Ingestive behavior is multifactorial, aggregating several appetitive processes such as incentive motivation, “wanting,” “liking,” and reinforcement learning, with underlying neurobiology that is not fully overlapping (13, 14). Additionally, terms like “liking” are frequently used interchangeably with “preference,” although they are tested using distinct behavioral paradigms and reflect fairly distinct concepts. “Liking” is typically a self-reported perceptual experience obtained from ratings of how pleasant or unpleasant a stimulus is, according to a standard scale (13–15). For reference, perception occurs when sensory signals (e.g., sweet stimulus) are interpreted and integrated into the central nervous system to produce a conscious experience, such as a liking or pleasantness perception (16). On the other side, preference is commonly determined by a choice between two or more alternatives, classically with a procedure to track choice for, and/or consumption of, the several stimuli (i.e., tastant, food, or beverage) (13–15). Preference and liking are not necessarily overlapping constructs. Indeed, others have argued that, when exposed to a series of beverages with increasing sweetness, the individuals that prefer the sweetest beverage do not necessarily perceive sweetness as more pleasurable, and participants preferring less sweet beverages may actually have higher liking ratings across the several options. Furthermore, variability in preference for different levels of sweetness does not result necessarily from intensity coding of taste, which is a factor of neural responses to tastants, that increase with stimulus concentration and correlate with perceived taste intensity (17). Thus, behavioral preferences for sensations elicited by greater sweetness, which is a proxy for higher energy densities, do not necessarily reflect increased hedonic (i.e., conscious, and subjective liking/pleasantness) responses (13, 14).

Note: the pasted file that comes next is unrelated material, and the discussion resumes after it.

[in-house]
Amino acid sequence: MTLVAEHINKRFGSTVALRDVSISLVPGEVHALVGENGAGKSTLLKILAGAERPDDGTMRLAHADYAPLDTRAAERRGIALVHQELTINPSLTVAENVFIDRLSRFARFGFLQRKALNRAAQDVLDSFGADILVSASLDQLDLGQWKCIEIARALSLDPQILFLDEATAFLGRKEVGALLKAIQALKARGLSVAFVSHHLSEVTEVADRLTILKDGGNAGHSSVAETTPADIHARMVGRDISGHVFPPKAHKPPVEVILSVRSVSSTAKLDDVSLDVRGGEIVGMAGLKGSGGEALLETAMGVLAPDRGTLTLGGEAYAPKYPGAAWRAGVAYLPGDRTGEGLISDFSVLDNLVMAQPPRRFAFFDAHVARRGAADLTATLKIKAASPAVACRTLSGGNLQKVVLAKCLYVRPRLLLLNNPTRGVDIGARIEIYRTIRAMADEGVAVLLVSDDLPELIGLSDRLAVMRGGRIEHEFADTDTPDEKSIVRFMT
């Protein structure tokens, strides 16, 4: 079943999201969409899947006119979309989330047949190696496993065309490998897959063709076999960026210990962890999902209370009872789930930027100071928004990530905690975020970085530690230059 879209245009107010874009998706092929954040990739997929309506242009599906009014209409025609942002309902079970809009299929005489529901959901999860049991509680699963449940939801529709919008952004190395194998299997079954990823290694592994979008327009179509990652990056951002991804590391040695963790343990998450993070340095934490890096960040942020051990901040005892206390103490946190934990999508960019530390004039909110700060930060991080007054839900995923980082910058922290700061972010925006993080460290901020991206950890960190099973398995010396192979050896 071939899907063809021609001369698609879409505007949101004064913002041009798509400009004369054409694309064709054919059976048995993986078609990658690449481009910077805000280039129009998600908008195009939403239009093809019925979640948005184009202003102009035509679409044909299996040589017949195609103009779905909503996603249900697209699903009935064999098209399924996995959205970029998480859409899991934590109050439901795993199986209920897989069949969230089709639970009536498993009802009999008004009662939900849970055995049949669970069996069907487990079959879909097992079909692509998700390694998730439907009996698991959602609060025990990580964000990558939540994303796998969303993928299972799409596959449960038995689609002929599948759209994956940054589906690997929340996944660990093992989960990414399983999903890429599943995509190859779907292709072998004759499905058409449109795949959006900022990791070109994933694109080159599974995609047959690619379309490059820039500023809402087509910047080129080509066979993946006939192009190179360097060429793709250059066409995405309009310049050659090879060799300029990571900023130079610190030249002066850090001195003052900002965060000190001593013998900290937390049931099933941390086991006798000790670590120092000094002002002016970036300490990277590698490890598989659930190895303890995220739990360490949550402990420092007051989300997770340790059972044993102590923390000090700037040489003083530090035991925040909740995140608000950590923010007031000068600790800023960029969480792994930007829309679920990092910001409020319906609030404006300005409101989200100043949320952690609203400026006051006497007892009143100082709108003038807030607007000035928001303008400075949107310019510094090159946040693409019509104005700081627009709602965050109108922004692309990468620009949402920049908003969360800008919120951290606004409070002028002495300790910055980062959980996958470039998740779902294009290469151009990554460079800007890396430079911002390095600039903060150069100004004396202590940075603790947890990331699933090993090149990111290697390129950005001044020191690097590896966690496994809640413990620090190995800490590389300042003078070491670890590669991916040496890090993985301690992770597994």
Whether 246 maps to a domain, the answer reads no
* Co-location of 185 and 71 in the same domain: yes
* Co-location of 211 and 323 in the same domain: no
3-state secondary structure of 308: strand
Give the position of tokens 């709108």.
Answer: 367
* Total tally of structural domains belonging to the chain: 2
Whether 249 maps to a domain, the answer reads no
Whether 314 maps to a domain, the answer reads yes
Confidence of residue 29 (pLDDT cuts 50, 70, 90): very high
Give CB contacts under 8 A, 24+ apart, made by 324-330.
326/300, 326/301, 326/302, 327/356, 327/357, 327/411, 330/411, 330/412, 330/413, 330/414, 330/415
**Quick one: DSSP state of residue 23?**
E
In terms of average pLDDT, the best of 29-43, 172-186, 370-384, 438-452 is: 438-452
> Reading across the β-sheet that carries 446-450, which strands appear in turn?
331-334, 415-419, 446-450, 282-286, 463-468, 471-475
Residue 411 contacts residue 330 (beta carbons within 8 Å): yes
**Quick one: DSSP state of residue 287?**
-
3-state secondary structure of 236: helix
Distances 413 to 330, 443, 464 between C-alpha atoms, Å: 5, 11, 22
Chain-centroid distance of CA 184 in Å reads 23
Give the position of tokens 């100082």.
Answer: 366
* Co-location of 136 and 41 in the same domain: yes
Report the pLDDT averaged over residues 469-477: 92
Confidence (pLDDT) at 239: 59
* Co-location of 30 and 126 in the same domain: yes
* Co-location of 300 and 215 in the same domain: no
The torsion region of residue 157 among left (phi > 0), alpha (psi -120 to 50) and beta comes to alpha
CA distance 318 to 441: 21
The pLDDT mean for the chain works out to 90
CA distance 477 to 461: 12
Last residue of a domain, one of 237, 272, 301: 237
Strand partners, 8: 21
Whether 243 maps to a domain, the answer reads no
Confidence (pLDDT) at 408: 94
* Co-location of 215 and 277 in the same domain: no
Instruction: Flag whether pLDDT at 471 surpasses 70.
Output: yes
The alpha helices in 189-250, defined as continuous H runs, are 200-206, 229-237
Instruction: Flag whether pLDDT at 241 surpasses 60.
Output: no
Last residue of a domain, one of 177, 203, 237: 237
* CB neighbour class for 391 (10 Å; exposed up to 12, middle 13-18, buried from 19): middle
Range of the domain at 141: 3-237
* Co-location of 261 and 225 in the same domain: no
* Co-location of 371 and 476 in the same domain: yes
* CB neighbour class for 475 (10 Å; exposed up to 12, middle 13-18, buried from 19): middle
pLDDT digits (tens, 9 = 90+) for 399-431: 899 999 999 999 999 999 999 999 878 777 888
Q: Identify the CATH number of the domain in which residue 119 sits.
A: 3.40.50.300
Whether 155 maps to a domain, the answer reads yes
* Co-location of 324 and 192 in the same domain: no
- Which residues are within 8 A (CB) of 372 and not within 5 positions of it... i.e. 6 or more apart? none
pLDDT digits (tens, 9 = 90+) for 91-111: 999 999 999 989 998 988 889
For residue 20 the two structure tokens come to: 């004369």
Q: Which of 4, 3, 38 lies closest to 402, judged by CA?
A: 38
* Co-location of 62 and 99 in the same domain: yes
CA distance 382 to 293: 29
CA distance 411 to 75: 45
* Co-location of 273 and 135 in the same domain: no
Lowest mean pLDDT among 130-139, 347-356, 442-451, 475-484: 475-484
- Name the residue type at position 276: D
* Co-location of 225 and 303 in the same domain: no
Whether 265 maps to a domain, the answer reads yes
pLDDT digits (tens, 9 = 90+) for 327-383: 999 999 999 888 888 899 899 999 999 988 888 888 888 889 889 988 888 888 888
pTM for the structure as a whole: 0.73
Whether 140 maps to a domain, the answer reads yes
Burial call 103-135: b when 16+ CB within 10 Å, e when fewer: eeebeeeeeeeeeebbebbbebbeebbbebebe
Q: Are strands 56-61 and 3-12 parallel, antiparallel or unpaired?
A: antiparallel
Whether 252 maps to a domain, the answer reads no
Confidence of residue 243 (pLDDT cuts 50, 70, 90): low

The literature about taste perception in human obesity has been predominantly focused on liking for appetitive tastants. While the view that individuals with obesity like sweet taste more than normal weight individuals is still prevailing (14), previous work on sweet taste perception and obesity (13, 14, 18) has led to inconsistent findings (19). For example, some studies that used direct measures of taste, including appetitive (sweet) and non-appetitive (salt, sour, and bitter) tastants, to compare individuals with obesity with non-obese controls, reported absent associations between several taste perception parameters and obesity (20–24). In contrast, others found either negative (25–27) or positive (28–30) associations, including for sweet taste (28, 30, 31). Furthermore, there was significant methodological heterogeneity across studies (19, 32), including for stimuli type and gustatory outcomes (19). For example, sweet taste outcomes varied from intensity and pleasantness ratings using several distinct scales (e.g., 9-point scale, visual analogue scales, and general labelled magnitude scales), to detection and recognition thresholds, as well as the “preferred concentration” (19). For sweet pleasantness and intensity ratings, early studies did not find consistent obesity-dependent differences for intensity ratings, with one study suggesting that individuals with obesity rated higher concentrations of sweet as more pleasant (28), and another study suggesting that individuals with obesity rated higher concentrations of sucrose as less pleasant (25). In another study, adolescents with obesity rated sweet and salty tastants as more intense, and also rated the lowest NaCl solution as less pleasant, with no pleasantness differences for sucrose (29). In a more recent study, individuals with obesity rated the lower concentrations of sucrose, NaCl and citric acid as more intense, and one of the higher concentrations of sucrose as more pleasant, relative to normal weight participants (31). Several other studies did not find differences in neither pleasantness nor intensity ratings (20, 21, 24, 30).